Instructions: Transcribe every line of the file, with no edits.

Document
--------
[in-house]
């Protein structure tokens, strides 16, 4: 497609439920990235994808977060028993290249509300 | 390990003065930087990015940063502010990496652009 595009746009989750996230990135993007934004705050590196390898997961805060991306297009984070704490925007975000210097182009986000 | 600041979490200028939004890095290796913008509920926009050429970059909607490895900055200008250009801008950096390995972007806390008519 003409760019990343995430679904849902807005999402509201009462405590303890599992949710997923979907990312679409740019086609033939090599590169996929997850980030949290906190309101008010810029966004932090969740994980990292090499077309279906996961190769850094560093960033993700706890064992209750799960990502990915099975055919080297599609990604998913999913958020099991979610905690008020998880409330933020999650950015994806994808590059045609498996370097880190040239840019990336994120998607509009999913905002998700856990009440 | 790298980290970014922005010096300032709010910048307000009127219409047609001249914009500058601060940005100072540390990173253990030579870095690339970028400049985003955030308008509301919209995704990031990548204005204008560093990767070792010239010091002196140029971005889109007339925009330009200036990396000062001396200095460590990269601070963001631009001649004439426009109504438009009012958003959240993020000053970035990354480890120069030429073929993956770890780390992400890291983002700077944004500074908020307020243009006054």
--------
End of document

[in-house]
């Protein structure tokens, strides 16, 4: 497609439920990235994808977060028993290249509300 | 390990003065930087990015940063502010990496652009 595009746009989750996230990135993007934004705050590196390898997961805060991306297009984070704490925007975000210097182009986000 | 600041979490200028939004890095290796913008509920926009050429970059909607490895900055200008250009801008950096390995972007806390008519 003409760019990343995430679904849902807005999402509201009462405590303890599992949710997923979907990312679409740019086609033939090599590169996929997850980030949290906190309101008010810029966004932090969740994980990292090499077309279906996961190769850094560093960033993700706890064992209750799960990502990915099975055919080297599609990604998913999913958020099991979610905690008020998880409330933020999650950015994806994808590059045609498996370097880190040239840019990336994120998607509009999913905002998700856990009440 | 790298980290970014922005010096300032709010910048307000009127219409047609001249914009500058601060940005100072540390990173253990030579870095690339970028400049985003955030308008509301919209995704990031990548204005204008560093990767070792010239010091002196140029971005889109007339925009330009200036990396000062001396200095460590990269601070963001631009001649004439426009109504438009009012958003959240993020000053970035990354480890120069030429073929993956770890780390992400890291983002700077944004500074908020307020243009006054």